Make that 5 - 6% defaults on the GSE loans based upon 180 day defaults.

BTW, the reason that Basel went 180 days is that when a loan defaults, the lender has to carry greater amounts of regulatory capital and loan loss reserves. So using 180 instead of 90, the lender reduces reserves on these type loans by about 50%.
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DougMacG
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« Reply #514 on: February 19, 2015, 12:10:08 PM »

There's a standard and widely shared explanation of what caused the bubble. The villains were greed, dishonesty and (at times) criminality, the story goes. Wall Street, through a maze of mortgage brokers and securitizations, channeled too much money into home buying and building. Credit standards fell. Loan applications often overstated incomes or lacked proper documentation of creditworthiness (so-called no-doc loans).

The poor were the main victims of this campaign. Scholars who studied the geography of mortgage lending found loans skewed toward low-income neighborhoods. Subprime borrowers were plied with too much debt. All this fattened the revenue of Wall Street firms or Fannie Mae and Freddie Mac, the government-sponsored housing finance enterprises. When home prices reached unsustainable levels, the bubble did what bubbles do. It burst.

Now comes a study that rejects or qualifies much of this received wisdom. Conducted by economists Manuel Adelino of Duke University, Antoinette Schoar of the Massachusetts Institute of Technology and Felipe Severino of Dartmouth College, the study — recently published by the National Bureau of Economic Research — reached three central conclusions.

First, mortgage lending wasn't aimed mainly at the poor. Earlier research studied lending by Zip codes and found sharp growth in poorer neighborhoods. Borrowers were assumed to reflect the average characteristics of residents in these neighborhoods. But the new study examined the actual borrowers and found this wasn't true. They were much richer than average residents. In 2002, home buyers in these poor neighborhoods had average incomes of $63,000, double the neighborhoods' average of $31,000.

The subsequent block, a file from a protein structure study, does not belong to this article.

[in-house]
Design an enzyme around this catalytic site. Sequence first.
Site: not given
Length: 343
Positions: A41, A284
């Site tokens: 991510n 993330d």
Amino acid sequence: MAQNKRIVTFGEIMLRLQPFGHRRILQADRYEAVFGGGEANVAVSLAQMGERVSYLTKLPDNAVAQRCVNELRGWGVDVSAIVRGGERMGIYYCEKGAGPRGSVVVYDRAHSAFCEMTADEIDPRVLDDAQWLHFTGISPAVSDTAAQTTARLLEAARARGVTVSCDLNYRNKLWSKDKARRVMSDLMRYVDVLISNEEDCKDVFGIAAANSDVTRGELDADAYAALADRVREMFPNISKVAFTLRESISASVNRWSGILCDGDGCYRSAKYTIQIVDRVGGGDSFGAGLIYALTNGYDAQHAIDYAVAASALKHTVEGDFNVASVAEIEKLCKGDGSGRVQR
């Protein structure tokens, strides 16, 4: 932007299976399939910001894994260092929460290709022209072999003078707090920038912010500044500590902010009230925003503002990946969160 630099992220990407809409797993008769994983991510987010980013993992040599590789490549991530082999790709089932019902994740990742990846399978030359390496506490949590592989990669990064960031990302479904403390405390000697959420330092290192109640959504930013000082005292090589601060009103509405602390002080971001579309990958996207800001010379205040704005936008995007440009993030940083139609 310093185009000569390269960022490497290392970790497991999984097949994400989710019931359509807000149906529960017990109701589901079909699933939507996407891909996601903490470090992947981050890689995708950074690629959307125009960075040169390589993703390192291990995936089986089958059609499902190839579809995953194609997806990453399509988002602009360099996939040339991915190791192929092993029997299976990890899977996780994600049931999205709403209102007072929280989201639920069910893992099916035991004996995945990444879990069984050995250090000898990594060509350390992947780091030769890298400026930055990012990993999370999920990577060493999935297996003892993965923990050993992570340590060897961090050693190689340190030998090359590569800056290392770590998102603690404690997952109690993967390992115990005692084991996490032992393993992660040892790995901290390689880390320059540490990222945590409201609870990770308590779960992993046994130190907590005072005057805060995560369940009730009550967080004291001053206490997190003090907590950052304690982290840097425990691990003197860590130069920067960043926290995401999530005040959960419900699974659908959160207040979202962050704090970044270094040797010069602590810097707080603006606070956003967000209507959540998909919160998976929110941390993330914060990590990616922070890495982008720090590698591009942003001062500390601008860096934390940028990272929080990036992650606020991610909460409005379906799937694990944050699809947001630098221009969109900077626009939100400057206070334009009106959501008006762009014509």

Second, borrowers were not saddled with progressively larger mortgage debt burdens. One way of measuring this is the debt-to-income ratio: Someone with a $100,000 mortgage and $50,000 of income has a debt-to-income ratio of 2. In 2002, the mortgage-debt-to-income ratio of the poorest borrowers was 2; in 2006, it was still 2. Ratios for wealthier borrowers also remained stable during the housing boom. The essence of the boom was not that typical debt burdens shot through the roof; it was that more and more people were borrowing.

Third, the bulk of mortgage lending and losses — measured by dollar volume — occurred among middle-class and high-income borrowers. In 2006, the wealthiest 40 percent of borrowers represented 55 percent of new loans and nearly 60 percent of delinquencies (defined as payments at least 90 days overdue) in the next three years.